Ma luzhus. The statues are ranked by their ages of creation. The proper
statue “zhengjia” ( 正駕tsiànn-kà) or the Old Grandmother ( 老媽) enjoys
a legendary old age of over 360 years, thus it occupies the paramount status.
e statue travels by the request of temples or individuals hundreds of times
every year. Temples always invite Liu Fang Ma as an honored guest to their
festivals. Individuals may request Liu Fang Ma to expel malevolent spirits
or cure illnesses in their families. Due to visible damage to the statue, local
people do all they can to reduce its workload. Six subsidiary statues “fujia”
( 副駕hù-kà) were engraved in 1982 and 1992 to meet growing demand. As
a consequence, the one created in 1982 is called as Senior Subsidiary Statue
“laofujia“ ( 老副駕, láu-hù-kà). Her magical potency is considered higher
than the remaining five ones created in 1992.
e duty of a Liu Fang Ma luzhu is very heavy; therefore, the selection
takes place at 14 months before he/she formally takes on the responsibility.
e newly selected quasi-luzhu can participate in a Guolu and proceed to
prepare for the Guolu in the next year. e preparation includes constructing
a new red altar, mobilizing workers and volunteers, and planning the parade
route of Liu Fang Ma in the new on-duty share “lunzhigu” ( 輪值股lûn-títkóo)
on the Guolu day.
Chapter Four “the Guolu Ritual and the Reserved Day” discusses two
major rituals of Liu Fang Ma worship. The Guolu in the middle of the
fourth lunar month is the most important ritual for believers. In a narrow
sense, Guolu means a new luzhu takes over the statues and moves them to
his red altar. In a broad sense, Guolu entails the participation of tens of
thousands of people in the handover and the parade in the new on-duty
share. Guolu always gets started at around five in the morning of the Guolu
day. Members of the ROC Liu Fang Ma Association hold a group-worship,
recite chants for the Guolu and oversee the handover of statues and sacred
items. e parade begins at the old red altar at six or seven. It is completed
when Liu Fang Ma arrives at the new red altar around ten or eleven in the
Several special customs featured the Guolu parade. ey are “danhua”,
“danden” and “xiangdan” ( 擔花tann-hue, 擔燈tann-ting and 香擔hiunntànn;
the burdening of floral baskets, lanterns, incense urns in pairs
respectively with shoulder poles) as well as “qingqijiao” ( 請旗腳tshiánn-kîkha,
the feasts for village troupes of non-on-duty shares under the leading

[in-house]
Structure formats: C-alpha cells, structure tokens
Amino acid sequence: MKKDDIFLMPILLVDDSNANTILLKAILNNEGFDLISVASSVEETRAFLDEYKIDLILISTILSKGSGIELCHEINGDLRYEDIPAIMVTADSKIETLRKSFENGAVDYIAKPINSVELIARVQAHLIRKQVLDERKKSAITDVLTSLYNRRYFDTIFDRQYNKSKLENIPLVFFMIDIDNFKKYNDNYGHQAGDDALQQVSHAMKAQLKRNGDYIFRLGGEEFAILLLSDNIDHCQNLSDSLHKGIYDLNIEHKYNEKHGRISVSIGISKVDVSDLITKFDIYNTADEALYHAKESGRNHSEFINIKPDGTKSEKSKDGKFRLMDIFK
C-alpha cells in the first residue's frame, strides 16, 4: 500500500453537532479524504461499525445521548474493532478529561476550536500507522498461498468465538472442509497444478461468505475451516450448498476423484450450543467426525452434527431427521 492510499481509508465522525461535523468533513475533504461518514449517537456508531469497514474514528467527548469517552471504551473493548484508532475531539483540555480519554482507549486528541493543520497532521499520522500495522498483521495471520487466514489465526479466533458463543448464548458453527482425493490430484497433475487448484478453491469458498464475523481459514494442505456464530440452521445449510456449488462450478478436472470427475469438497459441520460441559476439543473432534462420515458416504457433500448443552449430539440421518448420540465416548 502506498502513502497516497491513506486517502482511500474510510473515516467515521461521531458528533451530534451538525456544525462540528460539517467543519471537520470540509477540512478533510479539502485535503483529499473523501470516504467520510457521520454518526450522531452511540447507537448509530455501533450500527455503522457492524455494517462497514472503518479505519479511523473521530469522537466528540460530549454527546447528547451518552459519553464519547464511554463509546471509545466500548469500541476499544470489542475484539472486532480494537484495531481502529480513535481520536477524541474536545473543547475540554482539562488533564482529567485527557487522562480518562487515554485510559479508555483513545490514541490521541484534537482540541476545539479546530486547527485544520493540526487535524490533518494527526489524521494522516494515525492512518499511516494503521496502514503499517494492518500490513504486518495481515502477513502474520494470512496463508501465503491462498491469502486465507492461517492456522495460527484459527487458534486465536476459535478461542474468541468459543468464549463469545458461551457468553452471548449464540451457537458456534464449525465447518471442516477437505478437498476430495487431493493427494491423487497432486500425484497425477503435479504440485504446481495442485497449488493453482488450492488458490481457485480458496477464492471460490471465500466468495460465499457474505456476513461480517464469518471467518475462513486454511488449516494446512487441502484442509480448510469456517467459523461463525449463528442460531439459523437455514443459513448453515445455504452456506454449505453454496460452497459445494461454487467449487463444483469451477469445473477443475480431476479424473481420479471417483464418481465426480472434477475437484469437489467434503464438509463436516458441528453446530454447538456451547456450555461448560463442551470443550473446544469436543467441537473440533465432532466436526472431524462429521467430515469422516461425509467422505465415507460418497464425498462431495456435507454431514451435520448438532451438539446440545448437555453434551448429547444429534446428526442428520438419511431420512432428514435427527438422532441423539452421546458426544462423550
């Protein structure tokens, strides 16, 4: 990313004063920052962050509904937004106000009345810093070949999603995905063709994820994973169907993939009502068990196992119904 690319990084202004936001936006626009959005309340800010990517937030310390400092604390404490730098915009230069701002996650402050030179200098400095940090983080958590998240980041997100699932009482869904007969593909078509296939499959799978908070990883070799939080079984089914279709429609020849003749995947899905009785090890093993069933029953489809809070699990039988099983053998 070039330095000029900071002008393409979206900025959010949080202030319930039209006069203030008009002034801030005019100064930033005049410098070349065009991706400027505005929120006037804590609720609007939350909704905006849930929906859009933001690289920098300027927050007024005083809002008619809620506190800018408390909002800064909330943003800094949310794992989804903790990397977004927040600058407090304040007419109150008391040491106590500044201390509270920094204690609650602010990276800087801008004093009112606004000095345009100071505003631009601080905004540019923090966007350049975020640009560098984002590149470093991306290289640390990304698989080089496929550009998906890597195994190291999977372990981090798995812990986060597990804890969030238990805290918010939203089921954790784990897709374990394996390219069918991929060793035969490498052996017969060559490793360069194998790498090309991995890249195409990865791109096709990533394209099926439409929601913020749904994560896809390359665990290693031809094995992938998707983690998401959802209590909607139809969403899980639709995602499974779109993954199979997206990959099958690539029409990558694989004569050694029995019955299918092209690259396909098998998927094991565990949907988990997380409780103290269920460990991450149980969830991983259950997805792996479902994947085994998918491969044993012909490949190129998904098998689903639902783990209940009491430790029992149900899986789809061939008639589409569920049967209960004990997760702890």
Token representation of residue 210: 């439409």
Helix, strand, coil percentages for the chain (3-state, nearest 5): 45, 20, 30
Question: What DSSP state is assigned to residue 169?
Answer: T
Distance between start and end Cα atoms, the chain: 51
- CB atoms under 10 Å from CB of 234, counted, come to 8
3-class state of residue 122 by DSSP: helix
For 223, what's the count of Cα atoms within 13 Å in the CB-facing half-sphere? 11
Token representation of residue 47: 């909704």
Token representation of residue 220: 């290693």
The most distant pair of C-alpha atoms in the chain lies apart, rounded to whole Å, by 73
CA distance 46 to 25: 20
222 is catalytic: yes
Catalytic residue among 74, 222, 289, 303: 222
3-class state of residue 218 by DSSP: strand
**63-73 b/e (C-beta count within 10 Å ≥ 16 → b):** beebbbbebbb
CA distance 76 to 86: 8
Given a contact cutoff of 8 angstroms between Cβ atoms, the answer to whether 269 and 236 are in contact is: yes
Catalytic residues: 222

flags). People perform “danhua”, “danden” and “xiangdan” to express their
requests or rewards for the merits offered by Liu Fang Ma. “Qingqijiao” is a
representation of mutual responsibility among the five shares. Every village
of the non-on-duty shares is obligated to send its own gods with sedan chairs
and marshal its martial arts troupes to join the Guolu parade. When the
village-based teams arrive at an appointed place or time, generally at 15:30,
they are invited to enjoy a feast by villages in the on-duty share. In the past,
the representatives of the host villages always guided the leading flags “tou
qi” ( 頭旗 thâu-kî) of the guest villages to the feast. ey placed these flags
upright beside the tables. Even though both sides tend to contact each other
by mobile phone now, they maintain the old usage.
Once the Guolu is completed, people return to their everyday life.
However, they can invite Liu Fang Ma to their villages or altars as an
honored guest. Some villages make it a routine annual matter. erefore, a
reserved day ”gu ding zhi” ( 固定日kòo-tīng-lít) is set. Fifty-one temples or
altars are on the list of reserved days for 2014 to 2015.
Chapter Five “Legendary Stories and Change of the Belief ” discuss
several legendary stories widely circulated and recent changes to the ritual.
We mention the original legends in Chapter Two, turn to legends related
to Liu Fang Ma statue escaping from destruction during the late Japanese
ruling period, her sedan chair passing a flooded stream during the Guolu in
1951, and many others. Although legendary stories are to leave for future
consideration, they provide a foundation for the Liu Fang Ma belief.
Recent changes of the Guolu ritual are the growing participation of
volunteers and extra-five-share organizations. The rigid boundary of five
shares seems to be blurred as the involvement from the greater society
In Chapter Six “Public Temples, Altars and Local Troupes”, we survey
the public temples, altars and local martial arts troupes of the thirty-four
villages in the five shares. The description of every village includes the
history or legend of the public gods, the festivals that Liu Fang Ma being
invited to their villages and the organizations of the martial arts troupes.
To sum up, this book provides a general introduction to the Liu Fang
Ma belief and the Guolu celebration. We co-authors appreciate all the longstanding
assistance from the local people and the academic community.
e co-authors firmly believe that plenty of interesting topics are awaiting
exploration in the cultural complex of Liu Fang Ma. We look forward to
more participation and research in the near future.